Of course, this comprehensive exhibit reprises many of the early works from the project that I have seen multiple times at this point, but for the most part, their provocative power remains altogether undiluted.  As a discarded body washed up on a rocky Atlantic Coast jetty, Fasutine reoccupies the form of those long forgotten slaves who failed to survive the treacherous crossing and never reached the mainland. As a body pushing physically against the pillars of a downtown court house or standing on a box at a Wall Street intersection, Fuastine offers a sense of resistance to the institutions that failed to protect those like her and the economies that were built on their backs. And posed under the trees and in front of the slave cabins at various estates and manor houses and among the gravestones at local graveyards, Faustine reclaims those places for those that have been forgotten. In each case, she has used her own vulnerability as a bridge to confronting the past, her body inhabiting locations around the city and making the traumatic histories that reside their suddenly much more visible.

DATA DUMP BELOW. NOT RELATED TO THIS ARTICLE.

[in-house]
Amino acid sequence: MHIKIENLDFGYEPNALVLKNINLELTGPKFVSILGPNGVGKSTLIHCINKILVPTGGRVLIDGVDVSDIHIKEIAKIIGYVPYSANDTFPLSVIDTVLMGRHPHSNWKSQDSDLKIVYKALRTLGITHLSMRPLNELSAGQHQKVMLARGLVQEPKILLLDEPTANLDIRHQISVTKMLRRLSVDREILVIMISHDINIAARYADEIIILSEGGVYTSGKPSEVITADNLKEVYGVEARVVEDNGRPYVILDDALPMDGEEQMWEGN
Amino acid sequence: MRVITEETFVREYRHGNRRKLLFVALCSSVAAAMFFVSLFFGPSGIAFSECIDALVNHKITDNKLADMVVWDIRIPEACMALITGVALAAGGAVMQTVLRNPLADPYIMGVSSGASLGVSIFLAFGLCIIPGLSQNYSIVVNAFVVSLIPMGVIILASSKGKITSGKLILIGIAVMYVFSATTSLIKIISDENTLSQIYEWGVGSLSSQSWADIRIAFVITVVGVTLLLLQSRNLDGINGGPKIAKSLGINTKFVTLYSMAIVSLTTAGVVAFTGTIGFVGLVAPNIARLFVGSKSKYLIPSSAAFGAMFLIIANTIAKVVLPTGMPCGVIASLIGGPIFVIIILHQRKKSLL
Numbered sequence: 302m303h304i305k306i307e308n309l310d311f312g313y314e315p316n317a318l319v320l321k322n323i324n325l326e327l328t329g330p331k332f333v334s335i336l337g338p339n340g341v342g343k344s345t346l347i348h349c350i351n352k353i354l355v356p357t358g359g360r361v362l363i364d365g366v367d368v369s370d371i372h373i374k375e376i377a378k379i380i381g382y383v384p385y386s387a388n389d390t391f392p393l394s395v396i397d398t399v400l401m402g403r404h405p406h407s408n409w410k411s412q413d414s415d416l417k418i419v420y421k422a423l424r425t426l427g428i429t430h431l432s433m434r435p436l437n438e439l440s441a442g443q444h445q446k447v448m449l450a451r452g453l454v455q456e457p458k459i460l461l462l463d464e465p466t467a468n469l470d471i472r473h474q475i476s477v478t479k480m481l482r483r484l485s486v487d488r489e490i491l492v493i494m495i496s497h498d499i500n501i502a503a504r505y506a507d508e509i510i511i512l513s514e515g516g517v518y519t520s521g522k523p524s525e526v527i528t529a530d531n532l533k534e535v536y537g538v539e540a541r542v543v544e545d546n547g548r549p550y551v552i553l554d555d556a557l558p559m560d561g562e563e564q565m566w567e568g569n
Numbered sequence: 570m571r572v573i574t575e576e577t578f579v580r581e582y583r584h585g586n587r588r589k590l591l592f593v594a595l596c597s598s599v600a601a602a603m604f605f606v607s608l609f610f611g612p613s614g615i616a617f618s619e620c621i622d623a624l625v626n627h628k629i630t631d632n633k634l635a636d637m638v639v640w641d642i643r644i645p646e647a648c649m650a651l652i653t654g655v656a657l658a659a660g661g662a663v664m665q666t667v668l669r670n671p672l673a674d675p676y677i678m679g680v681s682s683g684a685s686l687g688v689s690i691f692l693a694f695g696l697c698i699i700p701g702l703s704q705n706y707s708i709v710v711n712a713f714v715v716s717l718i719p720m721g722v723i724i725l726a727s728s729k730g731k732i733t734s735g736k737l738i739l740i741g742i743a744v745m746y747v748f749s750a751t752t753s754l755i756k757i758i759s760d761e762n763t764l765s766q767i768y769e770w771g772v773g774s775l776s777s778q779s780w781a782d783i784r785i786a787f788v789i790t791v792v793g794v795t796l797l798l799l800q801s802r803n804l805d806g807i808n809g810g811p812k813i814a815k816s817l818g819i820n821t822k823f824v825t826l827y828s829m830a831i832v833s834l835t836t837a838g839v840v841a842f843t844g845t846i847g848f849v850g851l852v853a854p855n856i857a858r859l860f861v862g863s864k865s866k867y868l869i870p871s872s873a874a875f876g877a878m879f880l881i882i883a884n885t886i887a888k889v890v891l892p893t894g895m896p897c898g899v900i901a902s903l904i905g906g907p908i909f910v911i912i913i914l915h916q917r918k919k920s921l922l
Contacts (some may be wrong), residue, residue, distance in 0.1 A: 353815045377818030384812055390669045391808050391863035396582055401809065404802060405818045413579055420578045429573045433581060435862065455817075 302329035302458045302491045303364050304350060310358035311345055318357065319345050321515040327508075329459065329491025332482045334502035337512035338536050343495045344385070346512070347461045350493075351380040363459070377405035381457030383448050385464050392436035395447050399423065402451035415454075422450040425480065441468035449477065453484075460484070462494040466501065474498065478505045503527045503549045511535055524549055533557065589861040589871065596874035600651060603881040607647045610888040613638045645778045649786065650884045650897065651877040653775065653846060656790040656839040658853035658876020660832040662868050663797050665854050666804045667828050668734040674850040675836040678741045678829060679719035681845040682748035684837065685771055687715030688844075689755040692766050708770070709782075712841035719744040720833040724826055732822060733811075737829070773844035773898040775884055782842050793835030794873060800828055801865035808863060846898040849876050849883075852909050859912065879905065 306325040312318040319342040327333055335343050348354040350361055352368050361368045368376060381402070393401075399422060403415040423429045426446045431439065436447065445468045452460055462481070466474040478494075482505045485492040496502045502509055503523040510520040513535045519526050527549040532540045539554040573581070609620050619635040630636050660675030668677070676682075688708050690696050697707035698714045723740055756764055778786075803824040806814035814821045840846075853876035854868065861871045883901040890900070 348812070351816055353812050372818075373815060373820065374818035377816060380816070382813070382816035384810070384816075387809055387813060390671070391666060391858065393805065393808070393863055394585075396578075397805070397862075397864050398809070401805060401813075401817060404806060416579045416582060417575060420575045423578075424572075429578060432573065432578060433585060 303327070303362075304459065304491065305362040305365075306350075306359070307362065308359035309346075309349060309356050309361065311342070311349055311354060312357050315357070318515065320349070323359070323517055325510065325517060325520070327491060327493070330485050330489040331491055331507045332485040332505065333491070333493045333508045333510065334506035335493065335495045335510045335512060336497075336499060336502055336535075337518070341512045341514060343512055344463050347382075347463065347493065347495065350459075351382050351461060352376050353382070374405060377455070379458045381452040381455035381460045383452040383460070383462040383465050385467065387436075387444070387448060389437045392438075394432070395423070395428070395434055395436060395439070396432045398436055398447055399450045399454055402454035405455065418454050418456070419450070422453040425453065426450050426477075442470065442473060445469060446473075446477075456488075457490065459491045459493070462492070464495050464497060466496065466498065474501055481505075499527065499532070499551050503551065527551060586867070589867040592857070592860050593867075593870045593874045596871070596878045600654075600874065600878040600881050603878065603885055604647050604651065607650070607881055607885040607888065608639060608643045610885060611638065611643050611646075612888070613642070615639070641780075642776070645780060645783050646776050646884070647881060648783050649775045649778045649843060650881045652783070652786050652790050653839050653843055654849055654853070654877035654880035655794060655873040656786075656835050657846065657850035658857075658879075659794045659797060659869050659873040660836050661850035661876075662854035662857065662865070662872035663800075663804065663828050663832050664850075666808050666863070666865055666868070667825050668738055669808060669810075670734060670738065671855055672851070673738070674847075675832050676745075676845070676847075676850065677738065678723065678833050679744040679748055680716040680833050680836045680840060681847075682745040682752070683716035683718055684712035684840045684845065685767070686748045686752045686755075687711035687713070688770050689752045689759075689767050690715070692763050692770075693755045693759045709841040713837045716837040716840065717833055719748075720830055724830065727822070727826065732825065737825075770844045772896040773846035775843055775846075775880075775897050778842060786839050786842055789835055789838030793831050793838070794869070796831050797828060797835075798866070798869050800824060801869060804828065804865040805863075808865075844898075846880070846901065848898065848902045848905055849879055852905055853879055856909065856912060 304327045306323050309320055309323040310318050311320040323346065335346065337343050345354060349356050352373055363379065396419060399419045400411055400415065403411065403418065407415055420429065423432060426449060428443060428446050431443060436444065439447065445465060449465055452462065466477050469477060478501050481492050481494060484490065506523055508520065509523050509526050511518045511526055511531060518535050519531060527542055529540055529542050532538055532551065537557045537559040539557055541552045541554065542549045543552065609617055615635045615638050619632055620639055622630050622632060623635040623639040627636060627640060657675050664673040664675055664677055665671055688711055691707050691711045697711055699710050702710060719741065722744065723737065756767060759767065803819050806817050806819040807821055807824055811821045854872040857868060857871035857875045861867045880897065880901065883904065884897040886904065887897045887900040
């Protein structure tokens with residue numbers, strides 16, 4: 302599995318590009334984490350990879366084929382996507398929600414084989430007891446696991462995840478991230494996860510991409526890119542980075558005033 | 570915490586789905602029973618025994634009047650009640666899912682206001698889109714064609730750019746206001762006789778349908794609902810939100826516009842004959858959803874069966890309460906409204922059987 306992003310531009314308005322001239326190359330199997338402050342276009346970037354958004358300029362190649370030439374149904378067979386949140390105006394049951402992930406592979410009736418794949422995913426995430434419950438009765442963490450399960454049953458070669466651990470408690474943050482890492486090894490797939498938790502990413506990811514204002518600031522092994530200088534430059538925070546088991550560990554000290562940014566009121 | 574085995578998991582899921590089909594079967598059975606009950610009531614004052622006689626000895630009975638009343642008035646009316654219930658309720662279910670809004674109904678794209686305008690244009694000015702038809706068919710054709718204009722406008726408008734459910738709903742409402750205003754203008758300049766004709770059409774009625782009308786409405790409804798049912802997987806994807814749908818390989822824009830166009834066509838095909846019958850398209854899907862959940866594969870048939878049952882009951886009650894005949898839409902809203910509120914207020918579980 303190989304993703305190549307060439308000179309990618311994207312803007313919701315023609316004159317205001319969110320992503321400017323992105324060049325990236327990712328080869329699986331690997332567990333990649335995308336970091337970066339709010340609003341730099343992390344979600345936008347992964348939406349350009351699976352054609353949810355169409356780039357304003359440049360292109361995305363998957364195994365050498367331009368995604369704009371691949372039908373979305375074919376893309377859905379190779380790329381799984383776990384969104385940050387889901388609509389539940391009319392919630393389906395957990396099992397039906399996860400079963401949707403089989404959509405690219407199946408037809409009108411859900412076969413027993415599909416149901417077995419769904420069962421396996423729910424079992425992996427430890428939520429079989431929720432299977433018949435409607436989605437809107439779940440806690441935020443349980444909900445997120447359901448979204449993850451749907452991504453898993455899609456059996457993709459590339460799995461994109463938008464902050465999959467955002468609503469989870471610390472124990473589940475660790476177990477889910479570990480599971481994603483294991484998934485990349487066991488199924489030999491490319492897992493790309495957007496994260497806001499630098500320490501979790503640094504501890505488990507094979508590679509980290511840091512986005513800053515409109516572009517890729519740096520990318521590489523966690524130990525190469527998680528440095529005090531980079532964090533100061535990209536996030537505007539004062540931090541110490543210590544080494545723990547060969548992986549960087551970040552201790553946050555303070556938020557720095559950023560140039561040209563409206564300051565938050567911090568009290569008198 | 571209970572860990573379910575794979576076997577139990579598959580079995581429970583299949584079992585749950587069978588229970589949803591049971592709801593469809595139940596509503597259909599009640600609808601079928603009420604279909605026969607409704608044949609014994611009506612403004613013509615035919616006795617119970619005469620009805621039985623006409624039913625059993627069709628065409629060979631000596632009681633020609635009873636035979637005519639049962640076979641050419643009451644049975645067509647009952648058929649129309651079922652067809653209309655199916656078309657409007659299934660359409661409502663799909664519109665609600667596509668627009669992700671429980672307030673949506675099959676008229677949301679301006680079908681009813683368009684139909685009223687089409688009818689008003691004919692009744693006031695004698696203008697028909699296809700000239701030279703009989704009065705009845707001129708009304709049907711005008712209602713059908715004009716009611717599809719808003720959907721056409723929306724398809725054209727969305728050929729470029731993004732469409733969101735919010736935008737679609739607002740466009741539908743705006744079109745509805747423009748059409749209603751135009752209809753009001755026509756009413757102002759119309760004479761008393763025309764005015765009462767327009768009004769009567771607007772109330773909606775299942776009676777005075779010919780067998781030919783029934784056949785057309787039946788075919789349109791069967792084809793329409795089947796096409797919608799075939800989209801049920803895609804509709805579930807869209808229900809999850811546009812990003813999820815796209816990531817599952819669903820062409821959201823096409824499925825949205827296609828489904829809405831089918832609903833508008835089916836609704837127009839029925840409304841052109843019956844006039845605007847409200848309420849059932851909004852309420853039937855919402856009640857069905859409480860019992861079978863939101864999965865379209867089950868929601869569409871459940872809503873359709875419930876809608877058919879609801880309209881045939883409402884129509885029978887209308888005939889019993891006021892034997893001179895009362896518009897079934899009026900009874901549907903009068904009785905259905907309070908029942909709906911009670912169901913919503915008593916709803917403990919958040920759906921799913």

The photographs that Faustine has made in the “White Shoes” project since 2021 were essentially new to me, and so offered a window into how she has extended and developed the original ideas over time. Several of the images were made on Shelter Island, at the stately Sylvester manor house, with Faustine dressed in a 19th century petticoat dress and a floppy straw hat and posed in the gardens outside. Back in the 1650s, the first enslaved Africans were brought to Shelter Island, and later in the mid-1700s, the Sylvester house was the site of a large sugar plantation, with some 200 enslaved people. Faustine’s return honors those slaves, but the wide open back of her dress offers a darker symbolic motif, given that many of those same slaves were violently whipped on their exposed backs.